Can the other party to the support order get my address?

Either party to a child support order can ask DCS to release the address of the other party. This request must be in writing and must be for a reason specified by law. DCS has a form which a party can use to ask for the address.

If DCS records have information that makes them believe release of the address may be harmful for the parent whose address is requested, DCS will deny the request, and notify that parent.

If DCS records do not have information that would make them deny the request, DCS handles the request based on the status of the person whose address is requested.

  • When the noncustodial parent asks for the address of the custodial parent, DCS sends a notice to the custodial parent about the request. The custodial parent has 30 days to:
    • Allow release of the address,
    • Ask for an administrative hearing on the issue of disclosure, 
    • Give DCS a court order stopping DCS from releasing the address.

      Sometimes the evidence given with the hearing request allows DCS to deny the request for disclosure.

      If DCS does not get a response from the custodial parent, they release the address after the 30 days expires.This is a very good reason to read all your mail from DCS or DSHS.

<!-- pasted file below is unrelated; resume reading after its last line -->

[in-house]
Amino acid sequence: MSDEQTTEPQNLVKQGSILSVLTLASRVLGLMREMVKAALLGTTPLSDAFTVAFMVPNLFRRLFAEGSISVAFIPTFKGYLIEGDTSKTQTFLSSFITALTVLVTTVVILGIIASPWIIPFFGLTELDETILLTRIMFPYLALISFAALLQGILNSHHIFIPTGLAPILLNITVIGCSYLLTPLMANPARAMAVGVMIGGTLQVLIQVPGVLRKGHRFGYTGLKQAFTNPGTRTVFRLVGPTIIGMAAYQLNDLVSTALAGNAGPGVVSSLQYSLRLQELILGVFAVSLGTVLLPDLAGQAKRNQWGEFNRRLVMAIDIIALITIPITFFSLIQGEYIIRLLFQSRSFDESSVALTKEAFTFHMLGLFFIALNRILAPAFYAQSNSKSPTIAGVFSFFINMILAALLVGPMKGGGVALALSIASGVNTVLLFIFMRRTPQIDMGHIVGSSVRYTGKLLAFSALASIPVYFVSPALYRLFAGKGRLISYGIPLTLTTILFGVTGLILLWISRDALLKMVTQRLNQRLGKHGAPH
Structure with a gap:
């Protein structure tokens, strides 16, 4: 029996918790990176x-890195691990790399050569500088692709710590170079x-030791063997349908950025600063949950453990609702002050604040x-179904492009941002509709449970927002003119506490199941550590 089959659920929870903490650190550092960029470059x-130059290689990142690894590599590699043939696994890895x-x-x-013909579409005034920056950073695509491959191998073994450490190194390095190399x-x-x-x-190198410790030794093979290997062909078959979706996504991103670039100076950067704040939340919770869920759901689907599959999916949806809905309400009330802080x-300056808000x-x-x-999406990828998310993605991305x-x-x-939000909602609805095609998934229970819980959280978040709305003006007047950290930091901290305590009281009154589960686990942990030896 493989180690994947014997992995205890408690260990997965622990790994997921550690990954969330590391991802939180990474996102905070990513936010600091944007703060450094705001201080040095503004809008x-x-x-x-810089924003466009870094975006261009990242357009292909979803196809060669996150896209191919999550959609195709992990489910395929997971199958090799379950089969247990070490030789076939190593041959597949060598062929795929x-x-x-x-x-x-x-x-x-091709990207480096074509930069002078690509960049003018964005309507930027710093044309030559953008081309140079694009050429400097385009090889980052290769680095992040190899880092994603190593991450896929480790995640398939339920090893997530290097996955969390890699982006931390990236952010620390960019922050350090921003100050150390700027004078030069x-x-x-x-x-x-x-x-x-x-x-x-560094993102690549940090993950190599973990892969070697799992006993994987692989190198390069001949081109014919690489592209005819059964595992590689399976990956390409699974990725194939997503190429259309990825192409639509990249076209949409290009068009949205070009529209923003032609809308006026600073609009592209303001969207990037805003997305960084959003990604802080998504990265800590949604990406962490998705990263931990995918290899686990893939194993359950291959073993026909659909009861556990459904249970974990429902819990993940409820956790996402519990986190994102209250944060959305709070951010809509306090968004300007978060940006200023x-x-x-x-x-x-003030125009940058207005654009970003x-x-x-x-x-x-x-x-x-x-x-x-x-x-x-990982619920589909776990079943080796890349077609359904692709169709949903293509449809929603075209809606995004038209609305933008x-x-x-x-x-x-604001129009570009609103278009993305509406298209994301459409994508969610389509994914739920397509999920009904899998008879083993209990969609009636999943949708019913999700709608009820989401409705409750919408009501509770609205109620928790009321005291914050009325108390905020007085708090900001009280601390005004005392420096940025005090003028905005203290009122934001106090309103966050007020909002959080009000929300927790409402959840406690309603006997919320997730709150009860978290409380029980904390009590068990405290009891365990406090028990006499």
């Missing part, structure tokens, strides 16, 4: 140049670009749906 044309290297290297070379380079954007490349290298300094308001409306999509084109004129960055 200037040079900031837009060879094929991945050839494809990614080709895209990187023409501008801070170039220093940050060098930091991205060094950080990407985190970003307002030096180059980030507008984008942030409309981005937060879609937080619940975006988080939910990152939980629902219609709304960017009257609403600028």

• When the custodial parent asks for the noncustodial parent's address, DCS releases the address without notice to the noncustodial parent unless the noncustodial parent previously asked DCS to send them a notice before releasing their address information.
    • If the noncustodial parent told DCS they have concerns about releasing their address information, DCS follows the same notice procedure it does for a request for the custodial parent's address.

For information on the Secretary of State's Address Confidentiality Program and to see if that program can help you, talk to your domestic violence advocate.